American Sound & Electronics serves many industries, including offices that face privacy concerns for clients, such as law offices, medical offices, and financial institutions.
Today, our team answers several FAQs about sound masking.
Sound masking represents a technology that produces ambient background noise that precisely matches the frequency of human speech. The idea is to cancel out normal human speech for better speech privacy when individuals have confidential conversations.
Sound masking reduces how far away conversations can be heard and understood by others. It does NOT cancel sound or eliminate all speech noise.
Companies that need sound masking often have privacy concerns or must follow regulations to ensure privacy for clients, customers or patients.
You might find sound masking in:
- Public spaces
- Reception areas
- Waiting rooms
- Medical offices
- Dentist’s offices
- Insurance offices
- Government offices
- Attorney’s offices
- Hallways adjacent to private offices
- Open office plans
- Private offices
- Counseling offices
Speakers that emit sound masking frequencies are installed in rooms or areas where conversations should not be heard, not necessarily in rooms or areas where conversations take place.
Sound masking disrupts voices in a room, so they do not travel farther than the space of an ordinary conversation. This ensures no one outside of a room can’t overhear the conversation using normal means.
- Professional installation companies assess the space that needs this technology by taking measurements and looking at the structure of the space, including the thickness of walls, floors, and ceilings. This is called a site survey.
- Then a technician plugs in the measurements to their software to determine how many speakers, their sizes, and distribution throughout the room.
- The professional sound installation company installs the speakers, typically in the ceiling.
- After the installation of speakers, technicians calibrate the speakers and take measurements of the sound they produce. At this stage, technicians will tweak the ambient sounds for optimal results.
- Following calibration, sound masking technicians will install software on an office computer that allows the company to control the system. All of the speakers in a system are controlled from a centralized location, typically a hub, where all speakers connect to (either hardwired or wirelessly).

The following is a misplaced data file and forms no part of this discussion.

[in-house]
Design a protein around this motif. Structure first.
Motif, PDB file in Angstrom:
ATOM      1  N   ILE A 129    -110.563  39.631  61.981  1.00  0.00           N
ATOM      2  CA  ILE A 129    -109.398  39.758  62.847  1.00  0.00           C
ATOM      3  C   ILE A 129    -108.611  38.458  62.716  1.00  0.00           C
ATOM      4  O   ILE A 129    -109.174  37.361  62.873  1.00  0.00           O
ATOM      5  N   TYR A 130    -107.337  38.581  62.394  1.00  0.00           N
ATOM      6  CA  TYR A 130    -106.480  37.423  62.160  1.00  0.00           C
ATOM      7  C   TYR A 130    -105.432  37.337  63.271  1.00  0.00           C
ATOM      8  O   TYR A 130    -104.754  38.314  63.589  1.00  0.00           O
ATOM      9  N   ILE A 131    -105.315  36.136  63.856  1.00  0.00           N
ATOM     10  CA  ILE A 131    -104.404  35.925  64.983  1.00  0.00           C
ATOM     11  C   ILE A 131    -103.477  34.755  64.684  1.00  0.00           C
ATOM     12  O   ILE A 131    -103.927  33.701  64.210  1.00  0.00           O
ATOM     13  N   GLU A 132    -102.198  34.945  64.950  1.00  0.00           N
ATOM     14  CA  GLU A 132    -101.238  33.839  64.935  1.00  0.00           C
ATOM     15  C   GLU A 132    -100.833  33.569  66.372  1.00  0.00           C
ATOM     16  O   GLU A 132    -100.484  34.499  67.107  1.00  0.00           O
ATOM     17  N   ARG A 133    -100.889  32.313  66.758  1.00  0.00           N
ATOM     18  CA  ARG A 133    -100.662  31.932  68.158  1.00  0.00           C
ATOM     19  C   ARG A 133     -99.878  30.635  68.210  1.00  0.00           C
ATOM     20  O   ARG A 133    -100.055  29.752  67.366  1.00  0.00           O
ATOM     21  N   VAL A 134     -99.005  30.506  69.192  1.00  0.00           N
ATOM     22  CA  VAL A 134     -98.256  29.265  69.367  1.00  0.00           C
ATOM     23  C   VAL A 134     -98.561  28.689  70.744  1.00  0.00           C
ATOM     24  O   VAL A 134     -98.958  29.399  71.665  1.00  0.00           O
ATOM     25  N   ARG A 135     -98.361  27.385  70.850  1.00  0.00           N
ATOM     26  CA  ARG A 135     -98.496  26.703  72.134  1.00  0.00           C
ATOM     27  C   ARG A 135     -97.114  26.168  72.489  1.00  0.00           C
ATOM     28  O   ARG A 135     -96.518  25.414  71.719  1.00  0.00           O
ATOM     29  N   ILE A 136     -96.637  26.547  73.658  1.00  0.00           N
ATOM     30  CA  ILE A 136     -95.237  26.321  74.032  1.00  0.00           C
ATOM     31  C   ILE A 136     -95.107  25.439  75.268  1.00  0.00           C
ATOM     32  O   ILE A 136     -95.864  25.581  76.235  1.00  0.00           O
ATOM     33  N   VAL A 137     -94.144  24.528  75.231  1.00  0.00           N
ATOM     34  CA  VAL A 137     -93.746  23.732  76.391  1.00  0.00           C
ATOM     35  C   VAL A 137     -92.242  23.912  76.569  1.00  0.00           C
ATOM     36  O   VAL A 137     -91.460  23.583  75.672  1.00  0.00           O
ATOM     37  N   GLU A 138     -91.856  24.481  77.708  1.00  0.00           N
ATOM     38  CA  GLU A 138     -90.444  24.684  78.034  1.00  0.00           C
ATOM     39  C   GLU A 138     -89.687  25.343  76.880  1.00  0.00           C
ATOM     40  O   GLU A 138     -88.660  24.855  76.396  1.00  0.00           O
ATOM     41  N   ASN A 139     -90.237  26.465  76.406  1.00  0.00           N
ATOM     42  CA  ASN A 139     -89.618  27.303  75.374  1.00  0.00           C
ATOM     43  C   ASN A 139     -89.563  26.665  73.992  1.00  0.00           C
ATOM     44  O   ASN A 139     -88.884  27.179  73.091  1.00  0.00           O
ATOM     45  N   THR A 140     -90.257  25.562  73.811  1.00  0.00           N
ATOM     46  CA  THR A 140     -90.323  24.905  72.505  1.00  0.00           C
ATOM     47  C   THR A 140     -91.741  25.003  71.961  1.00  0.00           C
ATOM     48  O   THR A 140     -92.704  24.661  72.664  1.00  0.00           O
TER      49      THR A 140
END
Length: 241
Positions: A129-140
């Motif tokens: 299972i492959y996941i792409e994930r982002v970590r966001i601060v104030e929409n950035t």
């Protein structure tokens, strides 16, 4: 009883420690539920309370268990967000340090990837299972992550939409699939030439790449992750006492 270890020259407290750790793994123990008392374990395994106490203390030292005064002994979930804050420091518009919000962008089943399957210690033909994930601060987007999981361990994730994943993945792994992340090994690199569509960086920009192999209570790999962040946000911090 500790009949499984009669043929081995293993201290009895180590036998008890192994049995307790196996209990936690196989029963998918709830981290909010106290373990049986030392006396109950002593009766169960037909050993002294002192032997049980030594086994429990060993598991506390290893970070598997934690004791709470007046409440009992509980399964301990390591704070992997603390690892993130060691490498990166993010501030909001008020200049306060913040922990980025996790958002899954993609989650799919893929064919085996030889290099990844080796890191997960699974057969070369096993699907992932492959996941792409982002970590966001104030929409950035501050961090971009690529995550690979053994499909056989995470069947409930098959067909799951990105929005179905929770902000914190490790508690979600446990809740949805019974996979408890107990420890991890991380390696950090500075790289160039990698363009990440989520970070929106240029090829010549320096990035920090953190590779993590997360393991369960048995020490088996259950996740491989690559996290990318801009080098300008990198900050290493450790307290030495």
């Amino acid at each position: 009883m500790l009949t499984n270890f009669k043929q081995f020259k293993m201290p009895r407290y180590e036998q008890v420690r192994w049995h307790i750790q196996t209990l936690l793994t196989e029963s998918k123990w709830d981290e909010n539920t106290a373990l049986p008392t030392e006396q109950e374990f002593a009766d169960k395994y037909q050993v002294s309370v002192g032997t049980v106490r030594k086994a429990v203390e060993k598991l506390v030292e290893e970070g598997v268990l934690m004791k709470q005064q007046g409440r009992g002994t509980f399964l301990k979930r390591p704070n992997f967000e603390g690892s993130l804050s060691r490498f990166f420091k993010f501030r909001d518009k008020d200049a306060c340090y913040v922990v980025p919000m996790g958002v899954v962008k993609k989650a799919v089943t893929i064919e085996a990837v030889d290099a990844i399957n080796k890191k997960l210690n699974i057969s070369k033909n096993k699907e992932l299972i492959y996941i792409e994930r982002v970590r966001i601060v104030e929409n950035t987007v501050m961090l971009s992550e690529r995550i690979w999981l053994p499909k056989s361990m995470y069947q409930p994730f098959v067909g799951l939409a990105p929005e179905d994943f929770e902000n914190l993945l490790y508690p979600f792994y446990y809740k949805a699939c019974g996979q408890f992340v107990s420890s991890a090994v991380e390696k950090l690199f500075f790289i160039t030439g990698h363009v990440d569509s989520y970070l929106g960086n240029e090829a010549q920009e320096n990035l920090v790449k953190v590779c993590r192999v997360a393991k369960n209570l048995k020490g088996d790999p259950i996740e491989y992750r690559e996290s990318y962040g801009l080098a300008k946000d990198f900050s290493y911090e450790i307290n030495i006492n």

This technology uses quiet sounds, similar to that of gentle air-conditioned air filtering into a room, to actually make rooms quieter.
Sound masking technology works through speakers emitting a specific frequency of sound over various channels. The frequency is near the same frequency as human speech, which disrupts speech coming from other parts of the room.
The noise from the speakers sounds just like airflow from a central air conditioning unit as it pipes air into a room.
Average systems cost from $1.50 to $2 per square foot, but your actual costs vary depending on how many speakers you need and the size of the space that needs sound masking.
For example, your building is 10,000 square feet. However, techs determine that only 4,500 square feet need sound masking speakers installed. This gives you an average range of $6,750 to $9,000 for installing this technology. Again, your actual results will vary.
In addition to maintaining speech privacy, companies may see the following benefits:
Less distractions. People are less likely to be distracted because they can’t hear conversations in other rooms.
Higher productivity. Because sound masking cuts down on distracting conversations, your workers may actually be more productive at the office.
Protect your customers. Think of what happens when a customer places an order over the phone. Do you read back the customers’ credit or debit card number to make sure you heard it properly? What if another customer overheard that number? Is the customer’s card information safe?
Remove awkward silences. Oddly enough, completely silent rooms can be distracting when a sudden noise penetrates the silence. Reduce this distracting effect with sound masking technology.
Installers may take a day or two to install a system. The company will make an appointment with you to be at your office or facility after the equipment comes in.
The best ones adapt to changing conditions in the room, such as when sound levels are low or high, through the system’s equalizer.
Calibrating the system is vitally important because there may be multiple channels through which the sounds flow.
Think of calibrating the system like your television or radio. Your television uses three main colors, red, green, and blue, to generate all of the images on a screen. If even one of these colors is off, it will make images that you can tell are weird. On a radio, think of the bass and treble channels from the music. Increasing the bass means more “thump-thump-thump” sounds, while the treble produces lighter sounds. You can alter the music you listen to by changing different channels like the treble or bass.
Similarly, technicians must equalize and balance all of the channels in the sound masking speakers to make sure they work together properly to produce the right sounds. Otherwise, the ambient noise doesn’t sound right, and people in the room will notice.
Yes, these systems are perfectly safe for human hearing. It operates at a level of 48 decibels or lower. For comparison, 48 decibels sounds like a home’s automatic dishwasher. OSHA regulates the sound levels that employees can be subjected to over an eight-hour period, and the maximum amount is 90 decibels for every eight hours. 90 decibels is equivalent to heavy traffic, a window air conditioner, a subway, or a shouted conversation.
Yes, if your company is serious about installing this kind of system then professional installers may offer a free quote. They will need to see the facility first.